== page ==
'I grew up on the world's largest island.' This apparently simple fact is the starting point for Tim Winton's beautiful, evocative and sometimes provocative memoir of how this unique landscape has shaped him and his writing. For over thirty years, Winton has written novels in which the natural world is as much a living presence as any character, and what is true of his work is also true of his life. From boyhood, his relationship with the rockpools, sea caves, scrub and swamp around him has been as vital as family connections. Camping in hidden inlets on the south coast, walking in the high rocky desert fringe, diving at Ningaloo Reef, bobbing in the ocean between sets, Winton felt the place seep into him, with its rhythms, its dangers, its strange sustenance, and learned to see landscape as a living process. Wise, rhapsodic, exalted, Island Home is the story of how that relationship came to be, and also a passionate exhortation for all of us to feel the ground beneath our feet. Much more powerfully than any political idea, the physical entity of Australia defines us, in ways we too often forget, to our detriment and to the country's. 'Tim Winton's delicately meandering new collection of writing about place and being again raises literature's repeated assertion: in the face of the ineffable the only valid response is an aesthetic one . . . Island Home is a beautiful example of that aesthetic response to the glory and the mystery of nature.' William Yeoman, the West Australian 'Winton's love letter to the vast island continent which has spawned all he has written . . . He gives praise to its grandeur in words as John Olsen and Emily Kngwarreye have done in paint . . . Winton's Australia is teeming and brimming and shrieking and squawking with life.' Rick Feneley, Sydney Morning Herald 'Like Wordsworth, he understands and feels the 'abiding power' of certain places . . . The writer of memoir can be triumphantly personal, quixotic, eccentric, risky, and daring. In Island Home, Winton is all of these. This most exquisite of prose writers eases stylistic discipline out a notch or two . . . The last chapter of this inspiring, sometimes painfully frank, wonderful memoir is called 'Paying Respect', and . . . its clarion call is Blakean: everything that lives is holy.' Brian Matthews, Australian Book Review 'Tim Winton's Island Home isn't memoir, it's a cultural call to arms . . . Winton remains one of the finest place-painters in Australian literature.' Jamie Hanson, The Guardian (Australia) 'I've always boggled at his ability to create sentences as clear and familiar as Australian air, through which the landscape feels incandescently present. His fiction and non-fiction characteristically offer a keen intelligence coupled with an intransigent refusal of academic modes of thought . . . and a visceral feeling for the coastal West, made more intense for its marriage with the plain domestic detail or ordinary lives. Those same qualities shine through Island Home.' Delia Falconer, The Age 'Winton embraces everything that is good, bad and ugly about this continent and his commitment is contagious.' Herald Sun 'Makes clear Winton's greatest talent: his keen vision for what lies underneath the land's surface, the storied history a layer below.' Weekend Australian 'Island Home is thus part political manifesto that presents a profound challenge to traditional rural conservatism as well as to the right in general. Conservatives say they love their country. Winton lays bare how very destructive of it some of their actions have been.' Tim Flannery, The Monthly 'An often lyrical blending of the intensely personal and the deeply polemic . . . Winton's final, most eloquently trenchant piece, 'Paying Respect' . . . pleads for a real understanding of our place in the world, for an acknowledgment of scale: it is no coincidence that the cover of this beautiful and heartfelt book shows us as tiny scratches beside the frilled immensity of the curling...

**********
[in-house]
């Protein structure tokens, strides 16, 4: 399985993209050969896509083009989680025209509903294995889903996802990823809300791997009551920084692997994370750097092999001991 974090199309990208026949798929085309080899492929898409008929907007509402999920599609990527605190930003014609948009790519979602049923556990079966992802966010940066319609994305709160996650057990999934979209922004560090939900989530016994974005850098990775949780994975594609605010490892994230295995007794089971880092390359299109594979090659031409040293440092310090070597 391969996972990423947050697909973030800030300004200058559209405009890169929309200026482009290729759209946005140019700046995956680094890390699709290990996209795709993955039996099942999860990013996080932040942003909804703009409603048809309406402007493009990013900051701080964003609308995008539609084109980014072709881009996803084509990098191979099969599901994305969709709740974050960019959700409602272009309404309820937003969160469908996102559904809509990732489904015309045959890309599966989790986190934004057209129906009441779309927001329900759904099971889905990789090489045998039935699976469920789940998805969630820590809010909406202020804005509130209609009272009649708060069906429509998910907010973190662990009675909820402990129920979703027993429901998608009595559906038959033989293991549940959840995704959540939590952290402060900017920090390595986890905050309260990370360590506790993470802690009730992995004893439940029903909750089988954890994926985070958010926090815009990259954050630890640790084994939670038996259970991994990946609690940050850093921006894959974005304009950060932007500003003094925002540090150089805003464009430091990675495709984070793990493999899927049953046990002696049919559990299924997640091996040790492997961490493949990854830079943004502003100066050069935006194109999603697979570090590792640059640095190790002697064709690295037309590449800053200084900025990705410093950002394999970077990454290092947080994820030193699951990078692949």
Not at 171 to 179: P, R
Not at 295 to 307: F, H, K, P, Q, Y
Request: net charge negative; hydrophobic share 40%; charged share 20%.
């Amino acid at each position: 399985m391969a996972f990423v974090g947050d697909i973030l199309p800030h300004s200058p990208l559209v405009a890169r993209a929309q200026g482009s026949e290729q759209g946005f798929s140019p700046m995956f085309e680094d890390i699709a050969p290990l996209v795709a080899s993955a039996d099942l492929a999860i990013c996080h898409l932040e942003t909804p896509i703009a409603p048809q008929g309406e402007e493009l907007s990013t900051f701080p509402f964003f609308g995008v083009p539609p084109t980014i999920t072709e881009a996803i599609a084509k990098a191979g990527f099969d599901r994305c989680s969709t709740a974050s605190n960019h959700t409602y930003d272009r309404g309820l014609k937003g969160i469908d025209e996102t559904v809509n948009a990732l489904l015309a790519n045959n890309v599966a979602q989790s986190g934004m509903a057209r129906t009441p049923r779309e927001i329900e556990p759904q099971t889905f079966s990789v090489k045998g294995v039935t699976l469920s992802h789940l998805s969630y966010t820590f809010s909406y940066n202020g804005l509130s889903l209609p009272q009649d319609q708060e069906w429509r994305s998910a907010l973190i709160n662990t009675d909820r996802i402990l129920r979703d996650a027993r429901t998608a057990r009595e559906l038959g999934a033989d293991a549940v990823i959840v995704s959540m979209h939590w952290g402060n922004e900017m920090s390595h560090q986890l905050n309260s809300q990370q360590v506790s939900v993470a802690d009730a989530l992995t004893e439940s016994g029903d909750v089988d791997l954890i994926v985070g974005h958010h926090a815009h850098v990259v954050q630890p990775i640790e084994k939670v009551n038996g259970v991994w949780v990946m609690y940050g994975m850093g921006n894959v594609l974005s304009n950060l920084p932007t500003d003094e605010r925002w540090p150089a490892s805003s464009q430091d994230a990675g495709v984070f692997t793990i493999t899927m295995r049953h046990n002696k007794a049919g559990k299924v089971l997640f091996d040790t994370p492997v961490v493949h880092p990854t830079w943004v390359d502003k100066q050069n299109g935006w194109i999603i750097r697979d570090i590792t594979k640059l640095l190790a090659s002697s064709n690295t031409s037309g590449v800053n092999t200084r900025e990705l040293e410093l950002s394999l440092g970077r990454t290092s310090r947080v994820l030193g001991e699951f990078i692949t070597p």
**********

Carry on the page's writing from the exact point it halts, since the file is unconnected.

APPLE BOOKS REVIEW
The beautiful, thought-provoking essays in Island Home are must-reads for anyone who’s spent time in the Australian landscape or contemplated the creative process. We were mesmerised by Tim Winton’s evocative descriptions of his childhood wanderings in nature, as well as adult surfing and camping trips—he captures moments of disquiet and shock and also wonder and exaltation. Winton offers fascinating insights into how he honed his writer’s craft, revealing his early influences: novelists, artists and environmentalists. And he takes us on a provocative tour of Australia’s history, arguing that geography is central to both our character and our future.
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